It was still dark out when the front door opened and my friend walked in. We didn’t talk much as I finished lacing up my shoes and putting on my hoodie. This was a typical morning routine, we were going for a run. From here, we met a third friend and then we’d be off on a 5-mile run.
What I remember most from these experiences were the miles of silent running that took place. The eastern sky was only beginning to show its true colors and the streets were so very quiet. The sounds of footsteps hitting the pavement, the rhythmic breathing, the steamy breath coming out of our lungs…rich memories that still impact me 30+ years later.
A Most Unusual Place to Be
At 6’6″ growing up in Indiana, I was either going to love basketball or be run out of town by the passionate people who saw the basketball program as an extension of the community. Luckily, I loved the game. As a big kid, I always equated the word “running” with hard practices so never considered the thought that running was something I would care to be good at.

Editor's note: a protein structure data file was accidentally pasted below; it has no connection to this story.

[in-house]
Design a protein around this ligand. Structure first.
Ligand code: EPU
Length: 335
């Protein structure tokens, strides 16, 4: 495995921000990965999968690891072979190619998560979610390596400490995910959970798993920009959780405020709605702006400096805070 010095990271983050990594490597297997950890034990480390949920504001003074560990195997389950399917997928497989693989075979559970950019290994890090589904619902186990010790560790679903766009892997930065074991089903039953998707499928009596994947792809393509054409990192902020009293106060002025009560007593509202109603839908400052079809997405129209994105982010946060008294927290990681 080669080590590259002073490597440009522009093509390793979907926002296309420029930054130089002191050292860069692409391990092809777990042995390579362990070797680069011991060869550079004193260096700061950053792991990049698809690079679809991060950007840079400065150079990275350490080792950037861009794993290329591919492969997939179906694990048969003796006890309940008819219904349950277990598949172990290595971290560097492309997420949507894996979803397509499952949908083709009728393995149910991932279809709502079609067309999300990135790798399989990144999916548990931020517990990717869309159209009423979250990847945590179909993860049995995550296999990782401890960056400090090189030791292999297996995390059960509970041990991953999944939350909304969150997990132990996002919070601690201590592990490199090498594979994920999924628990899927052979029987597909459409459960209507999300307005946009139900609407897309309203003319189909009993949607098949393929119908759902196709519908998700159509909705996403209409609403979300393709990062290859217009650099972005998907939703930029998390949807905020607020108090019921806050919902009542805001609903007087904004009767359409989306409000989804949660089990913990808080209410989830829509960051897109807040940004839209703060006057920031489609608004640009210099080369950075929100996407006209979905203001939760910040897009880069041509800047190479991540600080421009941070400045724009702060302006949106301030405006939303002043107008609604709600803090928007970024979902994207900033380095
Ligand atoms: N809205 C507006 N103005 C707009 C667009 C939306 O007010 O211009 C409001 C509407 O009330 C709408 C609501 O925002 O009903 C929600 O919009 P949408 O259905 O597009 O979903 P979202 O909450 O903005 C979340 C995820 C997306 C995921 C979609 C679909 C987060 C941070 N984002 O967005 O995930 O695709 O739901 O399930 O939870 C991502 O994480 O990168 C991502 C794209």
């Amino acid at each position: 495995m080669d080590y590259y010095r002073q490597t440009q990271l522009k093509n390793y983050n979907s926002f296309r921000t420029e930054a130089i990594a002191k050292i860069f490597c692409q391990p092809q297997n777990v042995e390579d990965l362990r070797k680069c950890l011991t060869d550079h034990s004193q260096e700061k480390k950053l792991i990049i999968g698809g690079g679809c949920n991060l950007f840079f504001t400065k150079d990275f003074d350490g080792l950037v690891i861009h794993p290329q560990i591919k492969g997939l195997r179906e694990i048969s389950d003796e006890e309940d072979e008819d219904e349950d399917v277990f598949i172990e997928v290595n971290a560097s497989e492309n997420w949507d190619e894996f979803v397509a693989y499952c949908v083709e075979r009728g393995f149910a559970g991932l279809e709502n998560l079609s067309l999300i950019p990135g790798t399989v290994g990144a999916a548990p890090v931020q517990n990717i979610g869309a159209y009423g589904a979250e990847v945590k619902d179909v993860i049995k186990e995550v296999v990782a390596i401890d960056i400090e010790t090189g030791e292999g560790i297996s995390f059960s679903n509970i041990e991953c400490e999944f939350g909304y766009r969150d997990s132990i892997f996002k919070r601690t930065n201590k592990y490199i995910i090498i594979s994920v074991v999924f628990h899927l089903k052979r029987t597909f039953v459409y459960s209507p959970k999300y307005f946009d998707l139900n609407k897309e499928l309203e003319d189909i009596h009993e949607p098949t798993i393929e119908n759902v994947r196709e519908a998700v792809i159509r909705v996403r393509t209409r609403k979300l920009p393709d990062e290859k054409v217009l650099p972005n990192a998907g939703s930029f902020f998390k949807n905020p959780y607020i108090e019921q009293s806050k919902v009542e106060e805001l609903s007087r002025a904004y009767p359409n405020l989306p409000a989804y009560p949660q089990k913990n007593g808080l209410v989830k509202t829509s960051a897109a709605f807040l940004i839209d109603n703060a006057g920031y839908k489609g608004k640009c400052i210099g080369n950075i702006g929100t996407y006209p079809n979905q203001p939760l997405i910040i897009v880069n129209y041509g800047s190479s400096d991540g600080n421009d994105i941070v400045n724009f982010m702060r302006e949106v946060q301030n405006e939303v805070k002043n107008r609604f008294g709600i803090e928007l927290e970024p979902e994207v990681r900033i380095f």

Then came my senior year.
Three weeks before practices began, my coach had the players meet daily to run a 2-mile course. The winner would get a milkshake from the Dairy Queen across the street from the high school. It was the late 70’s…the vision of a sports drink industry and protein bars was in the head of only a small few.
On the first day, a teammate named Joe won. Seemed logical since the guy was on the cross-country team right? I’d never even considered the thought that I was a runner…let alone a fast one so no big disappointment.